The monkey midwife

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A new paper describes a case of a monkey mother having her birth assisted by another monkey – in other words, a monkey midwife Ding:midwife:2013. Kambiz Kamrani describes the paper well:

The head, once fully exposed, was grabbed by the midwife, who pulled the baby out with both hands. She progressed to rip open the birth membranes. The new mother reclaimed the infant within a minute, and severed the umbilical cord. She ate the placenta as the midwife descended.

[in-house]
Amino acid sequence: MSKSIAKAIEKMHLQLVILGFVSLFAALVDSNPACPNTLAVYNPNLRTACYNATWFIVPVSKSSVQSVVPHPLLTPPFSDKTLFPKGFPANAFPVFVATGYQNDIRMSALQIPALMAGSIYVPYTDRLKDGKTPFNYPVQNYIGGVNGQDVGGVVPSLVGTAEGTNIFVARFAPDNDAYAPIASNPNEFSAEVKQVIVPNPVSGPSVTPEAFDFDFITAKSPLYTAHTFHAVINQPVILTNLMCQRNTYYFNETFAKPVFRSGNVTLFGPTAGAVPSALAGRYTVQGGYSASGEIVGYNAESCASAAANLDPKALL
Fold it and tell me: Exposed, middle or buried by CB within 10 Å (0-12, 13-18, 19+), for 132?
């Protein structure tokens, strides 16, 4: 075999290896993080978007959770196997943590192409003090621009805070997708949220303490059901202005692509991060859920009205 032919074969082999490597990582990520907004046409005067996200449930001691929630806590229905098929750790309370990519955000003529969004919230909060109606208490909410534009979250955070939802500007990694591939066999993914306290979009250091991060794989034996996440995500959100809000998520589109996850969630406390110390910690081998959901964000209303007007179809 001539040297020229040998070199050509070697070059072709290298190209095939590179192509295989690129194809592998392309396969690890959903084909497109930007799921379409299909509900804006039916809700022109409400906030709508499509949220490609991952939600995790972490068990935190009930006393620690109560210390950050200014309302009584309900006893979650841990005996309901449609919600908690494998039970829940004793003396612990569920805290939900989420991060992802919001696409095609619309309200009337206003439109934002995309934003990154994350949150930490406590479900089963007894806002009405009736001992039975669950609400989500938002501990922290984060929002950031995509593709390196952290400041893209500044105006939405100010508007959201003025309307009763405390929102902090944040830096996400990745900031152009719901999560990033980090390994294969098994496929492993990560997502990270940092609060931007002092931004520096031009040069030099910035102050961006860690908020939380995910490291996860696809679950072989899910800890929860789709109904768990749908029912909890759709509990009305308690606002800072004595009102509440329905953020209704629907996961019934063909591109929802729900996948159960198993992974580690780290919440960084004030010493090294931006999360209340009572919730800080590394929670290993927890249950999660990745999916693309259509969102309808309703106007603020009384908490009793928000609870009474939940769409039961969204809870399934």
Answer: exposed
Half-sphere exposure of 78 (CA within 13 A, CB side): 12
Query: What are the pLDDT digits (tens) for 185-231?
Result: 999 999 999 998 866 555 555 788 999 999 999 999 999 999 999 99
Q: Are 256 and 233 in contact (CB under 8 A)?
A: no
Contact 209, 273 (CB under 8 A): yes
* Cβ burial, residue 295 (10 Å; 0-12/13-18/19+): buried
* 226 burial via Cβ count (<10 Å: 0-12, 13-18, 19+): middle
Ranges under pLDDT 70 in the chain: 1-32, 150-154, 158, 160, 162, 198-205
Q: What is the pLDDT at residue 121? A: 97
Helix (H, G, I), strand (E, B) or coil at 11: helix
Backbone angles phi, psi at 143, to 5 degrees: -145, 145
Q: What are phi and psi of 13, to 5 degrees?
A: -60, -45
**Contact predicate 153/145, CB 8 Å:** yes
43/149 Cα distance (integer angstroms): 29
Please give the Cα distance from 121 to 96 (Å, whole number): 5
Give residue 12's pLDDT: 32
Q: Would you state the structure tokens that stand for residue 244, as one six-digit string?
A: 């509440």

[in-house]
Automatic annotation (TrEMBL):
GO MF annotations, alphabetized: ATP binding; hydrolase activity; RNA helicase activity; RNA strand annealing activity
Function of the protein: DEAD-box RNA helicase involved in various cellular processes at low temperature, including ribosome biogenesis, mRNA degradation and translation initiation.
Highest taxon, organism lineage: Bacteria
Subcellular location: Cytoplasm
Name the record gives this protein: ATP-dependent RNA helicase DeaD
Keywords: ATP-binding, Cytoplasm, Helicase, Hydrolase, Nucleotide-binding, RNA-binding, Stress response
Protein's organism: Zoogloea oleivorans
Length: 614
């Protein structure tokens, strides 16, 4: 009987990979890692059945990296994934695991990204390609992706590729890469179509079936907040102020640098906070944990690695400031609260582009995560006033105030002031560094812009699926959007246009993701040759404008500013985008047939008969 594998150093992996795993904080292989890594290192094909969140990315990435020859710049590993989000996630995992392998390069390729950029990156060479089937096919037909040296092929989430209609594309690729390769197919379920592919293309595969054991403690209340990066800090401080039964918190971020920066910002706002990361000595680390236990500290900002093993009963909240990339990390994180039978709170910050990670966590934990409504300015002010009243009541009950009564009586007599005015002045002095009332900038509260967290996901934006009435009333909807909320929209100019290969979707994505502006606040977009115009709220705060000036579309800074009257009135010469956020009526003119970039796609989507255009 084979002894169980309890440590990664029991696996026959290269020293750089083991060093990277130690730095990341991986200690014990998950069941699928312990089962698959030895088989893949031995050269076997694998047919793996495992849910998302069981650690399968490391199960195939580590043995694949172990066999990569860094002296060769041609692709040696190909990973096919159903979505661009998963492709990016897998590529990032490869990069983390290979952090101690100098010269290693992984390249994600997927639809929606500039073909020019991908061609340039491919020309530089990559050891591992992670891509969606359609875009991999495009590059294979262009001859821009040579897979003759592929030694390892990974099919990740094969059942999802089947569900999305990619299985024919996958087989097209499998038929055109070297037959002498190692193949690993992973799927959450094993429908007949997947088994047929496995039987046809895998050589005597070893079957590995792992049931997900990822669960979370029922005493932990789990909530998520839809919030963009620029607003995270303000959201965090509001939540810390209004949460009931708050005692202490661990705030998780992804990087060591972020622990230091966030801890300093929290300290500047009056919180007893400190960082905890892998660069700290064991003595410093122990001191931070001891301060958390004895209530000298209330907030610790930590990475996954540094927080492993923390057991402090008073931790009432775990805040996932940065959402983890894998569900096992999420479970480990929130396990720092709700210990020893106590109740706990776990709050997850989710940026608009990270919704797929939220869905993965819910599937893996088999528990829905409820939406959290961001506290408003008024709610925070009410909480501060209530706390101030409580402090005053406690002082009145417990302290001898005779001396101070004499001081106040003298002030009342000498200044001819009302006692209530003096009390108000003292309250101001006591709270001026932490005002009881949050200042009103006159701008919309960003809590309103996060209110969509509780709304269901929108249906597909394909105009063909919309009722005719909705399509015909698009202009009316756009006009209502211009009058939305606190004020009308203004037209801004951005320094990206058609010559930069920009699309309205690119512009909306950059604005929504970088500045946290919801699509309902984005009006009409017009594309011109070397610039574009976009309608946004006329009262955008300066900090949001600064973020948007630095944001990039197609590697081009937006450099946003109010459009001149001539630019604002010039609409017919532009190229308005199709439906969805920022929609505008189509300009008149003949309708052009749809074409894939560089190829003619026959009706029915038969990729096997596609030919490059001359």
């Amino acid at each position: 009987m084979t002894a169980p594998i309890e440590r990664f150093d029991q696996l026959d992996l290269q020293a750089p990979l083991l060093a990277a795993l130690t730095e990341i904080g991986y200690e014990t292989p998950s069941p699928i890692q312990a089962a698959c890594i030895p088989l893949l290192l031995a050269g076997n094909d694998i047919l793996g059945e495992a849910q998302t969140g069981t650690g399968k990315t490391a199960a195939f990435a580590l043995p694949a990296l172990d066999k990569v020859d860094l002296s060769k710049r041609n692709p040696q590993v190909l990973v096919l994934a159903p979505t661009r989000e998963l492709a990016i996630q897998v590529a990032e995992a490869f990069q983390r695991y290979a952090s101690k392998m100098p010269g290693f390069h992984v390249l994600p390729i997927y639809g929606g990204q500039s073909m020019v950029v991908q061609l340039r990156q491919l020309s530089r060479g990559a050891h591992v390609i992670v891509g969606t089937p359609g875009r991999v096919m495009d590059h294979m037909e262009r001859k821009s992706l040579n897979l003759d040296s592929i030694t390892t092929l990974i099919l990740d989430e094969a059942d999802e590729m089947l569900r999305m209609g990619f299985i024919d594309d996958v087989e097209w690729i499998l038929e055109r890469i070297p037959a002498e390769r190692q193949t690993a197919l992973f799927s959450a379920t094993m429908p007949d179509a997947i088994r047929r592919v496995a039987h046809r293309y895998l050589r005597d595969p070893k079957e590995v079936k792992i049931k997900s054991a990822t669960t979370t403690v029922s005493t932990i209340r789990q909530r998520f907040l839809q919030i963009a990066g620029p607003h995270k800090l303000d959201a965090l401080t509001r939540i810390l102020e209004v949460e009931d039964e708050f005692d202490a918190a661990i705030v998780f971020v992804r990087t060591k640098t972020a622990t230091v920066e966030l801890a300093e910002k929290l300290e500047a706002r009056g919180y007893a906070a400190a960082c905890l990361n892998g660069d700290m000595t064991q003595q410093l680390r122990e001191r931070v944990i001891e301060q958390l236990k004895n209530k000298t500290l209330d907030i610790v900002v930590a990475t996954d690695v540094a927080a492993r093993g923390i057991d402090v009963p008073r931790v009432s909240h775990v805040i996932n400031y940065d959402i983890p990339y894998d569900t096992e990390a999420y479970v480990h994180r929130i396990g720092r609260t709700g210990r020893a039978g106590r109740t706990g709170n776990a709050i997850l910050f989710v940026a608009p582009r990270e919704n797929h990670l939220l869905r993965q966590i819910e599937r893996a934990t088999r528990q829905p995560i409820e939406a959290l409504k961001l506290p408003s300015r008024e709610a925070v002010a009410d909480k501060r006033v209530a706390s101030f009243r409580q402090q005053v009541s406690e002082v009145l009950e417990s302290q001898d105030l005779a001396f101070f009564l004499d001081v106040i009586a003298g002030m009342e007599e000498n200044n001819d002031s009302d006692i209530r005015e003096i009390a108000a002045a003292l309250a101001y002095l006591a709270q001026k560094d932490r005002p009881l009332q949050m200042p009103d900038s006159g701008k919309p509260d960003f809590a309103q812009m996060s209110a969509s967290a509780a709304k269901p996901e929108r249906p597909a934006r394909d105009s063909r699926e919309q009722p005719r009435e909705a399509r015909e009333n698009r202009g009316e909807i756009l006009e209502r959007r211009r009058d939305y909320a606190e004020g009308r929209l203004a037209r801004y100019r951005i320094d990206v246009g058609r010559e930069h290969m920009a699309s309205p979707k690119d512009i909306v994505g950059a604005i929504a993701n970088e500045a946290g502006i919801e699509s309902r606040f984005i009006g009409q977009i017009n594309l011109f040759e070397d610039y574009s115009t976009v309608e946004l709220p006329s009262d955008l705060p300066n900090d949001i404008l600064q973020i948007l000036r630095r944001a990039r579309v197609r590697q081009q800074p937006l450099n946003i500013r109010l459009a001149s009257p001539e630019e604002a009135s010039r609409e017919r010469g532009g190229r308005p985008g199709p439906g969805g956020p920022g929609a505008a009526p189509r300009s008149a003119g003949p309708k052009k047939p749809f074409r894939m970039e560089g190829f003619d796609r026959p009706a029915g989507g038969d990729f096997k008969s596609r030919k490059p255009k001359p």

Black snub-nosed monkeys are Old World monkeys (cercopithecoid primates) native to China. I think this is cool not because it shows that monkeys need midwives (they don’t) but because it shows that the behavioral flexibility that may have enabled midwifery in early humans is very extensive among primates. A delicious placental incentive may seem inventive, but humans are mystifyingly strange in being among the few mammals who don’t regularly consume the placenta after birth.

Primate births are still rarely enough observed that the comparative dataset is quite small. As field studies extend this area of observation more broadly, we may yet discover more behavioral flexibility in different primates.